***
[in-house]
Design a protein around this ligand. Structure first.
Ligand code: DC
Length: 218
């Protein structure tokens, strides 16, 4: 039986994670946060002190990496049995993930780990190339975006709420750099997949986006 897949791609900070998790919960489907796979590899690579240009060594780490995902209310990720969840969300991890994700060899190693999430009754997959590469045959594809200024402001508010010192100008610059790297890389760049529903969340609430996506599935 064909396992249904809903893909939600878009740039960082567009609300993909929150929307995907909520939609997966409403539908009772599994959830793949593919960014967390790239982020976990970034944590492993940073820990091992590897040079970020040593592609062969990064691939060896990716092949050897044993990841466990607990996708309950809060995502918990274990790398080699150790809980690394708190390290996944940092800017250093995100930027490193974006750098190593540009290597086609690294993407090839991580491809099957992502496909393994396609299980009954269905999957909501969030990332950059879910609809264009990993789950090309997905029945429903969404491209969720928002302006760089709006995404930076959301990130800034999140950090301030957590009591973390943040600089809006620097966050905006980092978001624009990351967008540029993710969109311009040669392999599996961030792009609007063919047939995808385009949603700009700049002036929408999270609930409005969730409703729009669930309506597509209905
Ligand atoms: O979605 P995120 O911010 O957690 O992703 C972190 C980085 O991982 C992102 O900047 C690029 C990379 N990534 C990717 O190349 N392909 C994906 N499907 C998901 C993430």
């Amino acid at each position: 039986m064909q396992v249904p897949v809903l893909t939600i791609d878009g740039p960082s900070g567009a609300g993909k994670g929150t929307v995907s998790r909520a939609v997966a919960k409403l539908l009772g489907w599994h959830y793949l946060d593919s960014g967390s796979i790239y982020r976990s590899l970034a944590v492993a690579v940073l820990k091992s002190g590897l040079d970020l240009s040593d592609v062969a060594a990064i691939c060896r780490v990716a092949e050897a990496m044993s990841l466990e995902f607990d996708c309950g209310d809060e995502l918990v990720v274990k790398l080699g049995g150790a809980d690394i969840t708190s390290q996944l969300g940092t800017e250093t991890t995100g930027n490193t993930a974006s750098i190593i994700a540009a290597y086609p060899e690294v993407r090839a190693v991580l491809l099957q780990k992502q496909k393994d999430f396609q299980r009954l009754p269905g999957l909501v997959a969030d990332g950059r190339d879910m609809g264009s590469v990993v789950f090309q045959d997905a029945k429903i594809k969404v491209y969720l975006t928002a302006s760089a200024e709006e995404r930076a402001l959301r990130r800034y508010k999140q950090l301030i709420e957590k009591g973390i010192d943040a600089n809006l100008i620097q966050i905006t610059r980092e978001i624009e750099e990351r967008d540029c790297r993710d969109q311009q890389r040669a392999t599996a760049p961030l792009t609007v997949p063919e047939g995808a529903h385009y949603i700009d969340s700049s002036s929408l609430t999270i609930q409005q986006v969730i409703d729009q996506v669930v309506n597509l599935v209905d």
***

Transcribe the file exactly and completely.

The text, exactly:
[in-house]
Design a protein around this ligand. Structure first.
Ligand code: DC
Length: 218
């Protein structure tokens, strides 16, 4: 039986994670946060002190990496049995993930780990190339975006709420750099997949986006 897949791609900070998790919960489907796979590899690579240009060594780490995902209310990720969840969300991890994700060899190693999430009754997959590469045959594809200024402001508010010192100008610059790297890389760049529903969340609430996506599935 064909396992249904809903893909939600878009740039960082567009609300993909929150929307995907909520939609997966409403539908009772599994959830793949593919960014967390790239982020976990970034944590492993940073820990091992590897040079970020040593592609062969990064691939060896990716092949050897044993990841466990607990996708309950809060995502918990274990790398080699150790809980690394708190390290996944940092800017250093995100930027490193974006750098190593540009290597086609690294993407090839991580491809099957992502496909393994396609299980009954269905999957909501969030990332950059879910609809264009990993789950090309997905029945429903969404491209969720928002302006760089709006995404930076959301990130800034999140950090301030957590009591973390943040600089809006620097966050905006980092978001624009990351967008540029993710969109311009040669392999599996961030792009609007063919047939995808385009949603700009700049002036929408999270609930409005969730409703729009669930309506597509209905
Ligand atoms: O979605 P995120 O911010 O957690 O992703 C972190 C980085 O991982 C992102 O900047 C690029 C990379 N990534 C990717 O190349 N392909 C994906 N499907 C998901 C993430």
């Amino acid at each position: 039986m064909q396992v249904p897949v809903l893909t939600i791609d878009g740039p960082s900070g567009a609300g993909k994670g929150t929307v995907s998790r909520a939609v997966a919960k409403l539908l009772g489907w599994h959830y793949l946060d593919s960014g967390s796979i790239y982020r976990s590899l970034a944590v492993a690579v940073l820990k091992s002190g590897l040079d970020l240009s040593d592609v062969a060594a990064i691939c060896r780490v990716a092949e050897a990496m044993s990841l466990e995902f607990d996708c309950g209310d809060e995502l918990v990720v274990k790398l080699g049995g150790a809980d690394i969840t708190s390290q996944l969300g940092t800017e250093t991890t995100g930027n490193t993930a974006s750098i190593i994700a540009a290597y086609p060899e690294v993407r090839a190693v991580l491809l099957q780990k992502q496909k393994d999430f396609q299980r009954l009754p269905g999957l909501v997959a969030d990332g950059r190339d879910m609809g264009s590469v990993v789950f090309q045959d997905a029945k429903i594809k969404v491209y969720l975006t928002a302006s760089a200024e709006e995404r930076a402001l959301r990130r800034y508010k999140q950090l301030i709420e957590k009591g973390i010192d943040a600089n809006l100008i620097q966050i905006t610059r980092e978001i624009e750099e990351r967008d540029c790297r993710d969109q311009q890389r040669a392999t599996a760049p961030l792009t609007v997949p063919e047939g995808a529903h385009y949603i700009d969340s700049s002036s929408l609430t999270i609930q409005q986006v969730i409703d729009q996506v669930v309506n597509l599935v209905d």